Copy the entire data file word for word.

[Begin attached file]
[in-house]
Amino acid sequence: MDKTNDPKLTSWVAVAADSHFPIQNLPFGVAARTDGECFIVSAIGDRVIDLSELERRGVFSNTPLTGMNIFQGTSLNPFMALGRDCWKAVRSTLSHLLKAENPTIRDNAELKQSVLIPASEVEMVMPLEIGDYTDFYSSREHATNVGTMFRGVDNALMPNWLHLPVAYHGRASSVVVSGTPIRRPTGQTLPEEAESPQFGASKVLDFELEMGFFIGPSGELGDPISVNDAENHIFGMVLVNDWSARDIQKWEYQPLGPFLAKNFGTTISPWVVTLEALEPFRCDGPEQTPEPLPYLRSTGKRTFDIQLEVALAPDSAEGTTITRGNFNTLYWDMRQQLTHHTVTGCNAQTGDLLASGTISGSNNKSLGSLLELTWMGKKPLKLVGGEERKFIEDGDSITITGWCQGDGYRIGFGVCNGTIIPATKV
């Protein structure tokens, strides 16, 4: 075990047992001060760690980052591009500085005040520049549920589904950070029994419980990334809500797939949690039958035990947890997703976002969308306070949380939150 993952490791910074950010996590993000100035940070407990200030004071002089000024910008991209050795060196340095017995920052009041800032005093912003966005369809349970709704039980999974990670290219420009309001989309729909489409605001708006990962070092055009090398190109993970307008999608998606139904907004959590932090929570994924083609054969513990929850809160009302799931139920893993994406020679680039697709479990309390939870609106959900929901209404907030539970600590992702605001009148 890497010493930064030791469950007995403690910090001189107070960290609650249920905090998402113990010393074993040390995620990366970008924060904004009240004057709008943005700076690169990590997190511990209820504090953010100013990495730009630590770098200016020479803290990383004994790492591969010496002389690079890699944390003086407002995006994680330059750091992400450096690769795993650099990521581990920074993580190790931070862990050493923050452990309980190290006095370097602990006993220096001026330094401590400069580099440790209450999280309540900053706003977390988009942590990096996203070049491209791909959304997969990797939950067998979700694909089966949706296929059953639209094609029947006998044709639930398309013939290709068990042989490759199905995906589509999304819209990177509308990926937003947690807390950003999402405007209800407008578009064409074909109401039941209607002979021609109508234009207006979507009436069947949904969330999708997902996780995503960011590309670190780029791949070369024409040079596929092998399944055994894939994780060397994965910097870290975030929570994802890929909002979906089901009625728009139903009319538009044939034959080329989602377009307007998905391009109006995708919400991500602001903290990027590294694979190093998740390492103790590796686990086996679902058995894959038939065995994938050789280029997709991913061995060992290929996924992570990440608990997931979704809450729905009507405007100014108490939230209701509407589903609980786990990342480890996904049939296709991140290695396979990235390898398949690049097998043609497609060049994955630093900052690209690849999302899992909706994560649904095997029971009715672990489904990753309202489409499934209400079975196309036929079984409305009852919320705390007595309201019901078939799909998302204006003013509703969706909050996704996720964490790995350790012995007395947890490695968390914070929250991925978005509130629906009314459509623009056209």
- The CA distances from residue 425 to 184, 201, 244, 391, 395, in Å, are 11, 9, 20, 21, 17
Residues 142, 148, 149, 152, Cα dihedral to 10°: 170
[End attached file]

[in-house]
Amino acid sequence: MDKTNDPKLTSWVAVAADSHFPIQNLPFGVAARTDGECFIVSAIGDRVIDLSELERRGVFSNTPLTGMNIFQGTSLNPFMALGRDCWKAVRSTLSHLLKAENPTIRDNAELKQSVLIPASEVEMVMPLEIGDYTDFYSSREHATNVGTMFRGVDNALMPNWLHLPVAYHGRASSVVVSGTPIRRPTGQTLPEEAESPQFGASKVLDFELEMGFFIGPSGELGDPISVNDAENHIFGMVLVNDWSARDIQKWEYQPLGPFLAKNFGTTISPWVVTLEALEPFRCDGPEQTPEPLPYLRSTGKRTFDIQLEVALAPDSAEGTTITRGNFNTLYWDMRQQLTHHTVTGCNAQTGDLLASGTISGSNNKSLGSLLELTWMGKKPLKLVGGEERKFIEDGDSITITGWCQGDGYRIGFGVCNGTIIPATKV
């Protein structure tokens, strides 16, 4: 075990047992001060760690980052591009500085005040520049549920589904950070029994419980990334809500797939949690039958035990947890997703976002969308306070949380939150 993952490791910074950010996590993000100035940070407990200030004071002089000024910008991209050795060196340095017995920052009041800032005093912003966005369809349970709704039980999974990670290219420009309001989309729909489409605001708006990962070092055009090398190109993970307008999608998606139904907004959590932090929570994924083609054969513990929850809160009302799931139920893993994406020679680039697709479990309390939870609106959900929901209404907030539970600590992702605001009148 890497010493930064030791469950007995403690910090001189107070960290609650249920905090998402113990010393074993040390995620990366970008924060904004009240004057709008943005700076690169990590997190511990209820504090953010100013990495730009630590770098200016020479803290990383004994790492591969010496002389690079890699944390003086407002995006994680330059750091992400450096690769795993650099990521581990920074993580190790931070862990050493923050452990309980190290006095370097602990006993220096001026330094401590400069580099440790209450999280309540900053706003977390988009942590990096996203070049491209791909959304997969990797939950067998979700694909089966949706296929059953639209094609029947006998044709639930398309013939290709068990042989490759199905995906589509999304819209990177509308990926937003947690807390950003999402405007209800407008578009064409074909109401039941209607002979021609109508234009207006979507009436069947949904969330999708997902996780995503960011590309670190780029791949070369024409040079596929092998399944055994894939994780060397994965910097870290975030929570994802890929909002979906089901009625728009139903009319538009044939034959080329989602377009307007998905391009109006995708919400991500602001903290990027590294694979190093998740390492103790590796686990086996679902058995894959038939065995994938050789280029997709991913061995060992290929996924992570990440608990997931979704809450729905009507405007100014108490939230209701509407589903609980786990990342480890996904049939296709991140290695396979990235390898398949690049097998043609497609060049994955630093900052690209690849999302899992909706994560649904095997029971009715672990489904990753309202489409499934209400079975196309036929079984409305009852919320705390007595309201019901078939799909998302204006003013509703969706909050996704996720964490790995350790012995007395947890490695968390914070929250991925978005509130629906009314459509623009056209």
- The CA distances from residue 425 to 184, 201, 244, 391, 395, in Å, are 11, 9, 20, 21, 17
Residues 142, 148, 149, 152, Cα dihedral to 10°: 170